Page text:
The spring of 2020 has brought forth unprecedented changes in the way we both live and work. The COVID-19 pandemic has changed our daily lives and for most of us, upended our daily workflow. As a clinically busy endocrine surgeon with an academic focus on global surgery, all aspects of my work have been affected. Fortunately for my patients, many of their surgical diseases are far from life-threatening, and can safely wait several weeks to months for a trip to the operating room. Although inconvenient and stressful, it has been the safest choice by far to postpone 99% of my surgical cases for approximately 2 months, and virtually every patient has agreed with this conservative plan.
As a global surgeon, my work has been impacted as well. I was out of the country in early March and returned to the US just as the cases of COVID-19 began to rapidly escalate. My planned work trip to Ethiopia, which should be occurring right now, was of course delayed. Colleagues in both Ethiopia and Kenya have been working exceptionally hard to manage the pandemic, and many of our planned collaborations have been placed on hold given the strict travel restrictions most countries now face.
No doubt many of you have experienced a similar upheaval in your work environments. As we begin to move forward, finding our “new normal” in the wake of such a massive public health disaster, I have often wondered what we will learn from this, and how we will modify our future state. The pandemic has given us nothing short of a hard reset, forcing systems to adapt rapidly to a changing world. Telemedicine has grown 5 years in a matter of 2 months, and we would all be remiss to assume that this practice will disappear. We are able to see patients remotely and minimize travel burdens for many. We are now beginning to resume non-emergent surgeries, and in doing so have doubled-down on safety and PPE requirements. Travel, both domestic and international, is likely forever changed, and the future of conferences, visiting trainees, and even examinations may look very different. Research programs are working remotely as well. Medical students and surgical residents have task-shifted drastically and graciously.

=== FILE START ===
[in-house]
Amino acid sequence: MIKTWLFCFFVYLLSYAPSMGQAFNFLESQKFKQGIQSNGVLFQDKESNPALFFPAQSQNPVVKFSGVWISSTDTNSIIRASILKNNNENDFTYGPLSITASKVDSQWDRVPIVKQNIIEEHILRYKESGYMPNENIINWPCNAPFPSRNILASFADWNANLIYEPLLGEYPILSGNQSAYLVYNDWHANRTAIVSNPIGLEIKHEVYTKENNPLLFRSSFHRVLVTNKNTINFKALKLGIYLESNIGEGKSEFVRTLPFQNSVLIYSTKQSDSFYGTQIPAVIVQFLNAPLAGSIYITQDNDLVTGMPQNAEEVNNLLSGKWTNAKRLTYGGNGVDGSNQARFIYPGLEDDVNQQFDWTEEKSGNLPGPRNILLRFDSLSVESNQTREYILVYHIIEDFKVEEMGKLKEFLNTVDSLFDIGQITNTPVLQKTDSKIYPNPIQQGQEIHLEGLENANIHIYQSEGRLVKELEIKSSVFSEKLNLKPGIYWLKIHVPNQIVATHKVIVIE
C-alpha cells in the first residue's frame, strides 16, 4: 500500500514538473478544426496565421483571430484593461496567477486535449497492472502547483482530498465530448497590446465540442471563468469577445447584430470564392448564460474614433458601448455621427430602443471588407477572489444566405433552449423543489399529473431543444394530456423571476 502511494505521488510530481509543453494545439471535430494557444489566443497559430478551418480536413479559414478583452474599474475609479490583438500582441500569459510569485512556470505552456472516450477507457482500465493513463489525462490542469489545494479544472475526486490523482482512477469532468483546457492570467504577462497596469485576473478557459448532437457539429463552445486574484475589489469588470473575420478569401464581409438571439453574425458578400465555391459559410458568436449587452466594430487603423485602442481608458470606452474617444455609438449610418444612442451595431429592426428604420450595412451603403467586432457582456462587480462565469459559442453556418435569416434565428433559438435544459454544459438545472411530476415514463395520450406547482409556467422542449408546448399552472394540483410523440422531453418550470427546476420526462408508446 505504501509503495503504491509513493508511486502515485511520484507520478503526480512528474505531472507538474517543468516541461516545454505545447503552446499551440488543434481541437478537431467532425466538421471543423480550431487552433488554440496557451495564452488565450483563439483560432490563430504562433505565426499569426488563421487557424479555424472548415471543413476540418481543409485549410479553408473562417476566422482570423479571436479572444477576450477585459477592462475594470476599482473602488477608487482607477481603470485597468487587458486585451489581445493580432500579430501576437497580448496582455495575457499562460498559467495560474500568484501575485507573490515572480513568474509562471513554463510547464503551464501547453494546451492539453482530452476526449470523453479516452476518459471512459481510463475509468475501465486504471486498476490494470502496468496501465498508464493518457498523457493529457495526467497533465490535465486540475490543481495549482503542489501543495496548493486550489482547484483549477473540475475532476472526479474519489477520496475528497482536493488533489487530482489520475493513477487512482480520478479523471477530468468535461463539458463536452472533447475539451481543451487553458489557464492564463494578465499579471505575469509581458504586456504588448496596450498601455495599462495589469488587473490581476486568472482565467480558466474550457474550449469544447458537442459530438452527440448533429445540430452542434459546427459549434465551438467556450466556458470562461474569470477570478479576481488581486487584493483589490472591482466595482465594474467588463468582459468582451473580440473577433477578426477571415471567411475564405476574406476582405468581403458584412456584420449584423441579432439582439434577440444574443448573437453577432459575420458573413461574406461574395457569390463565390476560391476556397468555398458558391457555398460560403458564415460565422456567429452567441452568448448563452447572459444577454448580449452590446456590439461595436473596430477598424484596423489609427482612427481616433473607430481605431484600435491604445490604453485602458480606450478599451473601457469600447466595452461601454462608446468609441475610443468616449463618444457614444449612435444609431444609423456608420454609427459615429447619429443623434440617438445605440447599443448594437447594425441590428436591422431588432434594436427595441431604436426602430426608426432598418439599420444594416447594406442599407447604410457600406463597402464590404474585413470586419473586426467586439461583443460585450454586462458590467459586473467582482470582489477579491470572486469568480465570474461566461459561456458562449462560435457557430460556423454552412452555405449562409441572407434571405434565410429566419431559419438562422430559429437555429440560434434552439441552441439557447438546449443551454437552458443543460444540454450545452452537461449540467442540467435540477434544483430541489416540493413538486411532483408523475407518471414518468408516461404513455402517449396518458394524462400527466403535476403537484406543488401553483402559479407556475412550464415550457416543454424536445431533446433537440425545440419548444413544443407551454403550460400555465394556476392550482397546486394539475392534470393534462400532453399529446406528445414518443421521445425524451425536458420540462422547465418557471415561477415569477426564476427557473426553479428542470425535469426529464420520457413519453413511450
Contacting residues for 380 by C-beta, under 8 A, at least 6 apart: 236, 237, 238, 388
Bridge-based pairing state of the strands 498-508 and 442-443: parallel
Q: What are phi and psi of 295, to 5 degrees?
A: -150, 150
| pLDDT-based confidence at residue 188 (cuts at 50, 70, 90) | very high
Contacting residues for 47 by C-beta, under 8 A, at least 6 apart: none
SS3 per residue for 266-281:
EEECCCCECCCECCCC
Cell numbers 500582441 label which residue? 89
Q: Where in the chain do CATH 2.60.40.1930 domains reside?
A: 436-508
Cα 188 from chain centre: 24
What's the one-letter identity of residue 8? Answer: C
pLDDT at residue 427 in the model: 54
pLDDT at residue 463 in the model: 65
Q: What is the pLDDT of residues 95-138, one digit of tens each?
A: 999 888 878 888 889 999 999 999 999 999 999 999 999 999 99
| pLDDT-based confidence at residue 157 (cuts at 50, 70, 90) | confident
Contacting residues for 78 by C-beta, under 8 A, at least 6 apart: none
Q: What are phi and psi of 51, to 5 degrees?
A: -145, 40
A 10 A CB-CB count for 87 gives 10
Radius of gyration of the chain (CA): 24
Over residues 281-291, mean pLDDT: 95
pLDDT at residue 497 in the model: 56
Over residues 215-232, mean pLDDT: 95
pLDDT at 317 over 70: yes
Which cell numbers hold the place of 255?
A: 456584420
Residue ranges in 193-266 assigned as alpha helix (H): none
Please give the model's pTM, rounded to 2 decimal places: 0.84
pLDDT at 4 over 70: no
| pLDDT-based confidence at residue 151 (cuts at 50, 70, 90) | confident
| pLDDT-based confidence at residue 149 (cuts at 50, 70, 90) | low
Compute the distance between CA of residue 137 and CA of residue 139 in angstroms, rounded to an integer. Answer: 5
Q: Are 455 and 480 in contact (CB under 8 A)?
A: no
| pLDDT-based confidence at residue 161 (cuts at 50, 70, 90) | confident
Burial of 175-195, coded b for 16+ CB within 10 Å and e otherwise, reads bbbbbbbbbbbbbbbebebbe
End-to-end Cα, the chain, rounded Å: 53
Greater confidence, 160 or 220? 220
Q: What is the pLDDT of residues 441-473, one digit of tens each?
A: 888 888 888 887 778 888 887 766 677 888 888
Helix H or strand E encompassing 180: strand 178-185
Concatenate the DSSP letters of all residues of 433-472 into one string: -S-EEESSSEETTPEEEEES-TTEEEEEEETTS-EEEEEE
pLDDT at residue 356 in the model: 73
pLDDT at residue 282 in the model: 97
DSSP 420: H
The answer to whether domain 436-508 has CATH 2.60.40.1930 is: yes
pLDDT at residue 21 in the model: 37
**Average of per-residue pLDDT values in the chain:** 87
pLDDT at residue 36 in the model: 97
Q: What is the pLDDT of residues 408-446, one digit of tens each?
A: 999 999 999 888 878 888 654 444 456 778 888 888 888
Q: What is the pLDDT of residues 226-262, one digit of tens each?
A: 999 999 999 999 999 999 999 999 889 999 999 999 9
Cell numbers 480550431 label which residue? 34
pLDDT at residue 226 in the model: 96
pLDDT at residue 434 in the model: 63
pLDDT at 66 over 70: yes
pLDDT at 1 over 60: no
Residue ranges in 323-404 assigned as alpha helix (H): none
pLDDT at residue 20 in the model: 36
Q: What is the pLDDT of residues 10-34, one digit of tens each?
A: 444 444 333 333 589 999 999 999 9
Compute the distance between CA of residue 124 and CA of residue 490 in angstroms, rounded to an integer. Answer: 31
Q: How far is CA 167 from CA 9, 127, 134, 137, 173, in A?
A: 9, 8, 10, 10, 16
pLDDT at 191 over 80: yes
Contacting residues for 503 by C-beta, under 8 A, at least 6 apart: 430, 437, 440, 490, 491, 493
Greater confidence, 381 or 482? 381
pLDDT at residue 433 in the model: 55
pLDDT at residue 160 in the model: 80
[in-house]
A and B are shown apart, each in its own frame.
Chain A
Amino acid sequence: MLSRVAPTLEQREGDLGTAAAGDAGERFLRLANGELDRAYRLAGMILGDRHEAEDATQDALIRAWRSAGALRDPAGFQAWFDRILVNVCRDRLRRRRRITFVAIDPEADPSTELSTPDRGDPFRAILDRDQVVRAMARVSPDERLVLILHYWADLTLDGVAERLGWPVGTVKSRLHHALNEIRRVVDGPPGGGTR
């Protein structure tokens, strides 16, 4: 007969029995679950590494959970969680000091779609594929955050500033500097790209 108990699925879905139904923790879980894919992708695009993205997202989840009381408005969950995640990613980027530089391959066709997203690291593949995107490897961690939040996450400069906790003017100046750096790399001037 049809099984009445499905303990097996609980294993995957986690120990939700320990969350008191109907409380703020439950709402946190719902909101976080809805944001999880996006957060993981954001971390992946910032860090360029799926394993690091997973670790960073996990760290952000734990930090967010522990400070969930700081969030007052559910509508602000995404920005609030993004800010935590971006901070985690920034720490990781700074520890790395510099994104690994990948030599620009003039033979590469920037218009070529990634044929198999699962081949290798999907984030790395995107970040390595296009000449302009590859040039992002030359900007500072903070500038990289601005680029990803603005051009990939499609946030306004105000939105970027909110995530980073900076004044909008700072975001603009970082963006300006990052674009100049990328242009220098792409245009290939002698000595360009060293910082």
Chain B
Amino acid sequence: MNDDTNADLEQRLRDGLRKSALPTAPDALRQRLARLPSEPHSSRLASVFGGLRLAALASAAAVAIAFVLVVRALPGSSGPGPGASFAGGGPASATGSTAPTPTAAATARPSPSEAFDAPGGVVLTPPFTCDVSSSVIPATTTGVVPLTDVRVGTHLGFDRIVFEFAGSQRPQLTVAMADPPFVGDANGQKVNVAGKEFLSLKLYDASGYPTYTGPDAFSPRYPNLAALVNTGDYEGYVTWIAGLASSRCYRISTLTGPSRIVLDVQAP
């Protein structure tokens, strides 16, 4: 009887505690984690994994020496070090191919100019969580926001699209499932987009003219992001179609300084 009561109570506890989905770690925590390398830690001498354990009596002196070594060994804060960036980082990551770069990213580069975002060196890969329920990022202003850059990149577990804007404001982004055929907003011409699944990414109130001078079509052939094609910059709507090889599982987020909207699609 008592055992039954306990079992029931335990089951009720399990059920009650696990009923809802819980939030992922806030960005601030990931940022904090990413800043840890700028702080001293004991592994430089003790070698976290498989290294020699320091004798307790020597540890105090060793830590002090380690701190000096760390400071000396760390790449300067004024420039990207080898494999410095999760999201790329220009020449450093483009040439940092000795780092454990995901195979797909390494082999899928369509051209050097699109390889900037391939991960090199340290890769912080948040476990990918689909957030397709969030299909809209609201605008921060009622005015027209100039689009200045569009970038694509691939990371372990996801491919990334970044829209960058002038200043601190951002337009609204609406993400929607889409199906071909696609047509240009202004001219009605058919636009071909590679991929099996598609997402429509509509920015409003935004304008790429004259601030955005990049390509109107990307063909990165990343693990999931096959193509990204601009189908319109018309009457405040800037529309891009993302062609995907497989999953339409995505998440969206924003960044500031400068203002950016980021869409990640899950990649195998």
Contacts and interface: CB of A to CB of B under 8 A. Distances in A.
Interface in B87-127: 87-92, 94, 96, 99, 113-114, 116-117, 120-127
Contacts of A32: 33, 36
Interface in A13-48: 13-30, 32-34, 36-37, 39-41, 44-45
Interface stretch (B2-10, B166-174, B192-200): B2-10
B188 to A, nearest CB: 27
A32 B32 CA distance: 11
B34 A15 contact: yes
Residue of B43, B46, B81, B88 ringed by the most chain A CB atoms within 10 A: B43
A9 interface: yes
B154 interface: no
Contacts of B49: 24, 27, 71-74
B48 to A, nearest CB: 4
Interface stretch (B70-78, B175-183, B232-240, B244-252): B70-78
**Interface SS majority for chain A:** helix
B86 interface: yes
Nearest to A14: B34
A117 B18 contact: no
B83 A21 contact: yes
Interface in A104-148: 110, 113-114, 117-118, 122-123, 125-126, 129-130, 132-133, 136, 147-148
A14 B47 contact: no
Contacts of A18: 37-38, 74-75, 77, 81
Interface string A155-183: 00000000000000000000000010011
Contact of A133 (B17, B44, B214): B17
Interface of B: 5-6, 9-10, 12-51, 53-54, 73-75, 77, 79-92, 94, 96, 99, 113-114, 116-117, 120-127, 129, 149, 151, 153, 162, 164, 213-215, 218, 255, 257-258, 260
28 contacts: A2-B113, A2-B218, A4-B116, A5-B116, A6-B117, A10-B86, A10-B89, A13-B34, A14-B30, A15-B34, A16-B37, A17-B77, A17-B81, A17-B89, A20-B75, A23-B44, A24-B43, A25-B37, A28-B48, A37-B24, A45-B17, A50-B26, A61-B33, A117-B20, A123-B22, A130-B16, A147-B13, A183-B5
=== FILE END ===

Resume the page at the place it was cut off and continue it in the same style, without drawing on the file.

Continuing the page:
In the face of this forced reboot, I could not help but compare our lives to the technology that so often dominates it. As with electronics, almost everything works better if you turn it off for a little while and then turn it back on again. I hope that we are all able to critically review many of the former ways of life, and use this time to find a new, potentially better, way forward.